Variable speed compressors can be an energy-efficient way to produce compressed air for industrial and domestic use. Modern manufacturing industry relies heavily upon compressed air for many important applications, and therefore efficient compressors can lead to a significant reduction in energy costs. Because of their energy efficiency, variable speed compressors can qualify for tax relief, and even for a loan from the Carbon Trust to cover the costs of installation. They are particularly useful in settings where the demand for compressed air is variable, such as the operation of pneumatic tools. They can also be used in refrigeration technology, both in industrial and residential settings, and in air conditioning systems. Traditional commercial and domestic air conditioning systems use a compressor which is either on or off, being switched by a thermostat. With a variable speed compressor, the air conditioner’s operating system can make continual tiny adjustments to adapt to the ambient temperature, leading to more a consistent climate as well as increased energy efficiency. There is a further domestic application for variable speed compression technology in the operation of heat pumps in residential settings, an application in which which energy efficiency is a crucial element.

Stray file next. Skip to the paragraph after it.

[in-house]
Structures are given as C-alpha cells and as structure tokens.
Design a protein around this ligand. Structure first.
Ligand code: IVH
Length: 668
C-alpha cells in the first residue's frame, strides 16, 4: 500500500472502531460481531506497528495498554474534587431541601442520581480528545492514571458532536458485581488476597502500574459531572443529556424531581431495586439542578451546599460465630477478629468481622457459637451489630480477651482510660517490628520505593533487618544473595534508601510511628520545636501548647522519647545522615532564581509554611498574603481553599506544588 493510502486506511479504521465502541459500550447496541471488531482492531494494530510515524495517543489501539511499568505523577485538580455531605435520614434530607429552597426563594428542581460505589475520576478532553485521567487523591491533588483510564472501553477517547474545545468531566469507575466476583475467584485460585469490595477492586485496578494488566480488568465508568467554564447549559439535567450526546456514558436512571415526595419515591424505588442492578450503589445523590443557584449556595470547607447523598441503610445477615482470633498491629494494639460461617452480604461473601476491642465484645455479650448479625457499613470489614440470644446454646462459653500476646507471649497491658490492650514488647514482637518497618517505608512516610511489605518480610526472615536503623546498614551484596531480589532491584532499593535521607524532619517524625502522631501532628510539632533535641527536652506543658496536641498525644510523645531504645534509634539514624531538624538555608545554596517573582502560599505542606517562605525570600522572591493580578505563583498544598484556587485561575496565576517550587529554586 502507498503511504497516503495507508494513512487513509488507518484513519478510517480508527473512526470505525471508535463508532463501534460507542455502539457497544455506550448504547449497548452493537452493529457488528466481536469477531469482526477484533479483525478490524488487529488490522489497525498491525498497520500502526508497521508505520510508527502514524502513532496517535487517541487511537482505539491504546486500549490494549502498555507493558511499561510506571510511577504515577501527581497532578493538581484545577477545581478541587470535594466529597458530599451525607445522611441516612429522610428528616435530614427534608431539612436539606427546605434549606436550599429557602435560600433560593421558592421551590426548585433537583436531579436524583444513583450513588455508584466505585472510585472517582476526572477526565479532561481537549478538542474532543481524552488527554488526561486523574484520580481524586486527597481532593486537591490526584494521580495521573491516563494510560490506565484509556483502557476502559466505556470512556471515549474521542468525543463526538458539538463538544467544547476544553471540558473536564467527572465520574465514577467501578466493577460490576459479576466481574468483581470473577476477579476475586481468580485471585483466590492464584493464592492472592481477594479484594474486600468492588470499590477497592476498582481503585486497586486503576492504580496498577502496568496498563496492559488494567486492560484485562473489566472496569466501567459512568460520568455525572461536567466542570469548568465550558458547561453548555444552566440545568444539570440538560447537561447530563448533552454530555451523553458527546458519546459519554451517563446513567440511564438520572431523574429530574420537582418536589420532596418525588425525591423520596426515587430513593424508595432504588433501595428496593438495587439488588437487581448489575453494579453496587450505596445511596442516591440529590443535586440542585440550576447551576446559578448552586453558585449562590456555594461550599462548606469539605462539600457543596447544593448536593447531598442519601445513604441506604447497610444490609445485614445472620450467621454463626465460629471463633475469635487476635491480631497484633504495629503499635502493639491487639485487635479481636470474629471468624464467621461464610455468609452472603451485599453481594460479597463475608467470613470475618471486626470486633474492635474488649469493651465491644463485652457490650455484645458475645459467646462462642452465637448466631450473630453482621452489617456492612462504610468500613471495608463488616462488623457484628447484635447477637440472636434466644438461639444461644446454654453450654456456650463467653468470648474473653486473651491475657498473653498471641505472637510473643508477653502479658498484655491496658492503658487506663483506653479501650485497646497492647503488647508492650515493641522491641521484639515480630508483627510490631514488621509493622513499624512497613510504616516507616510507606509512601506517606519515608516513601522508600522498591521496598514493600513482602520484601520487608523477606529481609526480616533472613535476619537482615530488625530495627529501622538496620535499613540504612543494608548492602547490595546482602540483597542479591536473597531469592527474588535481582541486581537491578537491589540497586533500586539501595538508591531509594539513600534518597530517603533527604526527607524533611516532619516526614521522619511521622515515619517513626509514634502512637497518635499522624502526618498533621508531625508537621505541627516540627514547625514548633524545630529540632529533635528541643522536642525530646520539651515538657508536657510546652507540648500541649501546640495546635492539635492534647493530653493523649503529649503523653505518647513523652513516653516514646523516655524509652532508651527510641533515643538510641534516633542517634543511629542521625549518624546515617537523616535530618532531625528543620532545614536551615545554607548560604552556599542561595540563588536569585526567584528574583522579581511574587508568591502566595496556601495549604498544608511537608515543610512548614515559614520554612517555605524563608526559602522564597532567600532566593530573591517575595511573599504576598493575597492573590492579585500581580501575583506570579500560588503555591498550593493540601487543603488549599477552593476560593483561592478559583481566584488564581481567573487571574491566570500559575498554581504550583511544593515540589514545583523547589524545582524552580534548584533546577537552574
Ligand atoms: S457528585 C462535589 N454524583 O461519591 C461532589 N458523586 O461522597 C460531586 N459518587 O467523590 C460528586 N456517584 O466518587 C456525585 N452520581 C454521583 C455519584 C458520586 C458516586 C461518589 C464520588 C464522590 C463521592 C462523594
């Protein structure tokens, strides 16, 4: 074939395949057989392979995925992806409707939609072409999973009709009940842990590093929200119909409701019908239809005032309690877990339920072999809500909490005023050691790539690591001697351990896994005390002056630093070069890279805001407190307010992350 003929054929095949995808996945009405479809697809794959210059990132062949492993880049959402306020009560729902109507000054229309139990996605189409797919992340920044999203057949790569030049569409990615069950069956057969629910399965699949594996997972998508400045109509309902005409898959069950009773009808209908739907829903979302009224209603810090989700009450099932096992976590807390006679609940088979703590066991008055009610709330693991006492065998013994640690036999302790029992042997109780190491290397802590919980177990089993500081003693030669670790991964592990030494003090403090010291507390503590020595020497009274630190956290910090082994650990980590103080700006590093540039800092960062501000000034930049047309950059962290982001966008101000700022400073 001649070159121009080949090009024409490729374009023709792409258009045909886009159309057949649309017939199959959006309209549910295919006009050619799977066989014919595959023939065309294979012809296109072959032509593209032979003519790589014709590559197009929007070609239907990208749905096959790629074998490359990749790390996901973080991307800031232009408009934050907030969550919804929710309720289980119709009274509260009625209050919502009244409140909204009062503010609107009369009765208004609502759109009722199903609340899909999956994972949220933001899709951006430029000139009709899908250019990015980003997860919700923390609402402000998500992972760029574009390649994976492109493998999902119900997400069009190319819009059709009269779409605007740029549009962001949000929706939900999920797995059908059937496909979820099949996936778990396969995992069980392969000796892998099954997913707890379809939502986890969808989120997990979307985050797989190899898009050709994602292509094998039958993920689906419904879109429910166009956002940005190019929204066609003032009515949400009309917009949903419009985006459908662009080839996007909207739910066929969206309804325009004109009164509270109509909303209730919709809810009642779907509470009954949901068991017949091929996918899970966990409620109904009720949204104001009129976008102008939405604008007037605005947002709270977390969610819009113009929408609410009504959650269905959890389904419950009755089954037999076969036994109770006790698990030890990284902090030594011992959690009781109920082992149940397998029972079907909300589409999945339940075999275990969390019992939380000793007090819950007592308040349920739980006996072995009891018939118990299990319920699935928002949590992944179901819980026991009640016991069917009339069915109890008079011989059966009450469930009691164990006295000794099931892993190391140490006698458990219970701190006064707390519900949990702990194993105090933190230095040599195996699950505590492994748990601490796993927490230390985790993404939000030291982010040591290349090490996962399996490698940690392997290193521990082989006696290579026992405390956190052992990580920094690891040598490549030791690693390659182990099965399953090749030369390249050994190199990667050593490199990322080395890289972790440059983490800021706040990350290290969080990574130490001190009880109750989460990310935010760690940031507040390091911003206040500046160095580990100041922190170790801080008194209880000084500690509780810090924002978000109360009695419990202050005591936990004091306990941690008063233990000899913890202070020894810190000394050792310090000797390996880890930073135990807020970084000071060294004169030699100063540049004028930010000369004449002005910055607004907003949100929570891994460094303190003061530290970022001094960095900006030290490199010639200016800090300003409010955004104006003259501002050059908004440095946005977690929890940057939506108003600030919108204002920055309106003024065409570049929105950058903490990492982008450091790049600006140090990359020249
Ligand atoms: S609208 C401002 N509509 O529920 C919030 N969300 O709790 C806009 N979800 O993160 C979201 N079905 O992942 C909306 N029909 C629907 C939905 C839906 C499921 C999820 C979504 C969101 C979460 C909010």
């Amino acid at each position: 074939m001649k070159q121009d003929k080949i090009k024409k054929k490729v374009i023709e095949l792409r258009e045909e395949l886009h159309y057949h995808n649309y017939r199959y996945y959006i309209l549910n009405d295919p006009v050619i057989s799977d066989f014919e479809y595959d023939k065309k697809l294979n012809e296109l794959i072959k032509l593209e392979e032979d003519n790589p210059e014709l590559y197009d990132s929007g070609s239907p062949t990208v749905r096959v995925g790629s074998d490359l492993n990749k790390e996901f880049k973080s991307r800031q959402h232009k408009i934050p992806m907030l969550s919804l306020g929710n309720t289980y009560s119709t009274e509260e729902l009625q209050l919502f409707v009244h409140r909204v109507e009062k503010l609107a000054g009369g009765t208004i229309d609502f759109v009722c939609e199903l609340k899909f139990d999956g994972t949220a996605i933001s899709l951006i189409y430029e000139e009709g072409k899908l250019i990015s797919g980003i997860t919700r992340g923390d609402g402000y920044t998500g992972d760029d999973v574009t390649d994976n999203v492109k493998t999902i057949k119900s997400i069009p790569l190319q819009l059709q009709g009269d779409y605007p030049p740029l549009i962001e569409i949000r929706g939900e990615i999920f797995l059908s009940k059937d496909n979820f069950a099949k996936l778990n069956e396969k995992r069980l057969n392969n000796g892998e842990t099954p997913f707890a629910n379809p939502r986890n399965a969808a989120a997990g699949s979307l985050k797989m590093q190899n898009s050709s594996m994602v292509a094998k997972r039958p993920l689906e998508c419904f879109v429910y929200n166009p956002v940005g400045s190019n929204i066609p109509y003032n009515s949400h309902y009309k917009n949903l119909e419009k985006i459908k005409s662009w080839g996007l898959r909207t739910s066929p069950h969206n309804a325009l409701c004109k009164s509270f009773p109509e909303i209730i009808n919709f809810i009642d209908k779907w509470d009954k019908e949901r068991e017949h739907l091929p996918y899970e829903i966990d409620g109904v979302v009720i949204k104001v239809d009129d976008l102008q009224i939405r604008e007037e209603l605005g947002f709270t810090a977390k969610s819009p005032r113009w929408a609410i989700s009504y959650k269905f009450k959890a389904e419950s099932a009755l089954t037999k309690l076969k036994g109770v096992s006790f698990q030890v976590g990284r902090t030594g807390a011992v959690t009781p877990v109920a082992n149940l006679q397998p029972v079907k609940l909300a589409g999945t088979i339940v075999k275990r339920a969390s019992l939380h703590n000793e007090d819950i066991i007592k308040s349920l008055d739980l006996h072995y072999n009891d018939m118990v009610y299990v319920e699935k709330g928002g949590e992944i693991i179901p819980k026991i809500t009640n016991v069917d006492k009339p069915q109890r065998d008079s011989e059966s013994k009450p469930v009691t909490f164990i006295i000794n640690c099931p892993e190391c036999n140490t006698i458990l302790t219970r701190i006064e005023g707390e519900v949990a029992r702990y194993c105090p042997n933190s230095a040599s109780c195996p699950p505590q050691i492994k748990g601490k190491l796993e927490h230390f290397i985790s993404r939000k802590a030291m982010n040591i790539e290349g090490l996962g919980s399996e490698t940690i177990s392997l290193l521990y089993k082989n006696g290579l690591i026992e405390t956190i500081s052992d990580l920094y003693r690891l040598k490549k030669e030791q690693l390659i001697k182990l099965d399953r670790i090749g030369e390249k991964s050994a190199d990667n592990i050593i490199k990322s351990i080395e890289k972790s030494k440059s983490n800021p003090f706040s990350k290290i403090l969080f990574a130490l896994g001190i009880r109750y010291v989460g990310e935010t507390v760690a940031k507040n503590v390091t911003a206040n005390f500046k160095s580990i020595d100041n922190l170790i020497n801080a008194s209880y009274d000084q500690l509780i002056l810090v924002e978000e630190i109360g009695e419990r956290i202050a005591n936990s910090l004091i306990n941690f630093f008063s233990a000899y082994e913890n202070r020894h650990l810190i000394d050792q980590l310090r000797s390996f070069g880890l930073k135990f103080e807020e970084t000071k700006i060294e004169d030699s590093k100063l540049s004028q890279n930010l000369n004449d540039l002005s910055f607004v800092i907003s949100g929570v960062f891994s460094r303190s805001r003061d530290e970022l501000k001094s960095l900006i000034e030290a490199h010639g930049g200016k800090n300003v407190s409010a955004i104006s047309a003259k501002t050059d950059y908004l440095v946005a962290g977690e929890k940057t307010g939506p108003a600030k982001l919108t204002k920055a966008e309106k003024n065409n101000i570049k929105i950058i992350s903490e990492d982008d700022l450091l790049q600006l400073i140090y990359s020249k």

Variable speed compressors use less electricity because they can sense the pressure created by the application and adjust the running speed of the compressor accordingly so that only the necessary compressed air is supplied. Most variable speed compressors operate by converting the AC (alternating current)electricity supply to a direct current, which is then converted back via a variable-frequency AC drive. It is the variable-frequency drive (VFD) which adjusts the speed of the motor and hence its energy use. Variable-frequency drives are sophisticated electronic devices which are expensive to install, though their installation cost has decreased in recent years, as have their size and maintenance costs. The initial expense, however, means that a considerable saving in energy is required to justify their use, and in applications where the demand for compressed air is relatively constant, a variable speed compressor may not be the ideal solution.